Selecting the most suitable ballast water treatment system
The International Maritime Organization’s International Convention for the Control and Management of Ships' Ballast Water and Sediments (BWM) will enter into force on 8 September 2017. Thereafter ship owners will need to fulfil the convention and in practice install a ballast water treatment system (BWTS) on their ships in accordance with the schedule related to the renewal of the IOPP certificate. There may be a difficult road ahead before installation as the selection of the system is far from a simple procedure. Once the system is selected, this is followed by design, installation and commissioning. Several stakeholders are involved: the shipowner, BWTS-vendor, classification society, shipyard, contractors, design companies, and consultants.
According to the BWM convention, ship owners must in practice install a ballast water treatment system (BWTS) on their ships. Alternative solutions are in most cases not an option. A BWTS installation project, or a BWTS retrofit, includes various phases i.e. evaluating solutions and the selection of suitable system, design, installation, including prefabrication and commissioning. Design includes system integration design and installation or detail design. Between the two design phases there is normally the classification society approval.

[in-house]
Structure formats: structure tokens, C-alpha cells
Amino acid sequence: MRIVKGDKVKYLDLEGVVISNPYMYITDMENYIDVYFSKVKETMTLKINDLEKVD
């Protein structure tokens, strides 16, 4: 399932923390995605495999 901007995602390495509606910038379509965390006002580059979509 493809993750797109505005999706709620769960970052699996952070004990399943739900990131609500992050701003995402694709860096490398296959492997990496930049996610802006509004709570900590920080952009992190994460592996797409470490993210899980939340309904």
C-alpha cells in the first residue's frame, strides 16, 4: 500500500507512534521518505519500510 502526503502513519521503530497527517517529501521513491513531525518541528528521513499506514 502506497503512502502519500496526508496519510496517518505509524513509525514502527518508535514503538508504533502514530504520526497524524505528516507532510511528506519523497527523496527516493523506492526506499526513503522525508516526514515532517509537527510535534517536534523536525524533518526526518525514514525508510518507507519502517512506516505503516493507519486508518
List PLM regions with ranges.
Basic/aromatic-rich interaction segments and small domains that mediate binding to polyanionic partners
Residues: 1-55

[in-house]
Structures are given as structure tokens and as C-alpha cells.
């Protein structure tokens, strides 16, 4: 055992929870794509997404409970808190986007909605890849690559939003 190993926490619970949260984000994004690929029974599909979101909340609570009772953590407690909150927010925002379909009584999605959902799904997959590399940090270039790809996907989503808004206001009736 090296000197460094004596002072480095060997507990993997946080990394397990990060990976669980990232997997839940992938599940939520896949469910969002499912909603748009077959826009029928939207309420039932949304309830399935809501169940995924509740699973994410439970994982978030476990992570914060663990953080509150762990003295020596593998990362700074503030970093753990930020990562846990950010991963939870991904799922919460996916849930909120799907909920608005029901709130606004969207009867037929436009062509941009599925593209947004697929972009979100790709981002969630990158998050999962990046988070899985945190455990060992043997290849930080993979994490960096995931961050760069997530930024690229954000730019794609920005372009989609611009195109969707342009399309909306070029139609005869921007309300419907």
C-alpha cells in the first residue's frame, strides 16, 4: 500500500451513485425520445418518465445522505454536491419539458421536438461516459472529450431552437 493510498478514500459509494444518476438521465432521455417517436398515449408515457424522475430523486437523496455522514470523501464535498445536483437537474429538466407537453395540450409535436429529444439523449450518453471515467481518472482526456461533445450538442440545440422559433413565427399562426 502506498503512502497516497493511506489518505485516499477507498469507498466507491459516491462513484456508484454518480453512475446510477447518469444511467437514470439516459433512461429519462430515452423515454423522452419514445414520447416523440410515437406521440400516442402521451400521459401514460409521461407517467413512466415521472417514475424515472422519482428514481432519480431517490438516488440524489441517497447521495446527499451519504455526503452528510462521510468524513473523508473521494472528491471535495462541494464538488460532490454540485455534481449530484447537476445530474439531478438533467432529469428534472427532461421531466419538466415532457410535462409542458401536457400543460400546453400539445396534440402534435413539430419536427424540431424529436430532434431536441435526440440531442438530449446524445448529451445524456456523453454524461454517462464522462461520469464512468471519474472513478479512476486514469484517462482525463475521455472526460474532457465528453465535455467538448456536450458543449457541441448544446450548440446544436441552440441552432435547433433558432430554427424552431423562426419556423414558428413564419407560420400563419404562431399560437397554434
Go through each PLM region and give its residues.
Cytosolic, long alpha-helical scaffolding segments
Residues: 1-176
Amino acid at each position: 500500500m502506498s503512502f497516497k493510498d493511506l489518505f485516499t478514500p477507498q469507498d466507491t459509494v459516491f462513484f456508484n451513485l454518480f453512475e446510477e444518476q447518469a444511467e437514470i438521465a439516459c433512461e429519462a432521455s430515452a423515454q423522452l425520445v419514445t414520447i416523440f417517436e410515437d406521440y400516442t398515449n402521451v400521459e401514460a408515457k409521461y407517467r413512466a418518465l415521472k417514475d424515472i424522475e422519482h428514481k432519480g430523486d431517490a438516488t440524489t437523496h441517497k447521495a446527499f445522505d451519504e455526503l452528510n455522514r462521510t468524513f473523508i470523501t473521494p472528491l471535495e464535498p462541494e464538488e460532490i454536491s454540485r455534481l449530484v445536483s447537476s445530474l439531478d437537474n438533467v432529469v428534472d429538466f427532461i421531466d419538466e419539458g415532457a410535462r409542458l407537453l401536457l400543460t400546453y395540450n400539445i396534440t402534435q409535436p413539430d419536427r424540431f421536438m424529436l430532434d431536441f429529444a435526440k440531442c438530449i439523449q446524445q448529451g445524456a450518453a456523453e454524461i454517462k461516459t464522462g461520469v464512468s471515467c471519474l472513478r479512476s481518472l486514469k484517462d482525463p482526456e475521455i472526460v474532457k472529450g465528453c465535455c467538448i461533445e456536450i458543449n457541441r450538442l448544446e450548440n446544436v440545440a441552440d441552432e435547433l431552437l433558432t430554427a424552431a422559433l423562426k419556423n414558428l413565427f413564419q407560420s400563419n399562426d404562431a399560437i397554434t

Estimations for BWTS retrofit projects vary, but it should take around nine months, if the process is carried out in a systematic manner that aims for the most suitable solution, which is always ship-specific. After the convention enters into force there may be many bottlenecks due to the vast increase in demand. Lack of capacity for stakeholders classification societies, BWTS vendors, installation, docking, and design can all delay the retrofit process.
The result of the feasibility study, the first phase of a BWTS retrofit, provides a shortlist for the best alternatives for each vessel. The selection for the shortlist is based on several technical and economic criteria. Different systems, methods and vendors are compared. Also the operational costs, the footprint of the required equipment and operational aspects such as water quality, total ballast volume and ballasting cycles per year are considered. At this point investment costs are compered as well. 3D scanning is performed and 3D models of different systems are modelled into a point cloud, which is produced via 3D scanning. Preliminary cable routes are done in the 3D model as well. BWTS usually require space for maintenance and repairs. Sufficient space reservations for maintenance can be verified with 3D design.
The final selection is made from the shortlisted alternatives according to normal commercial negotiations and decisions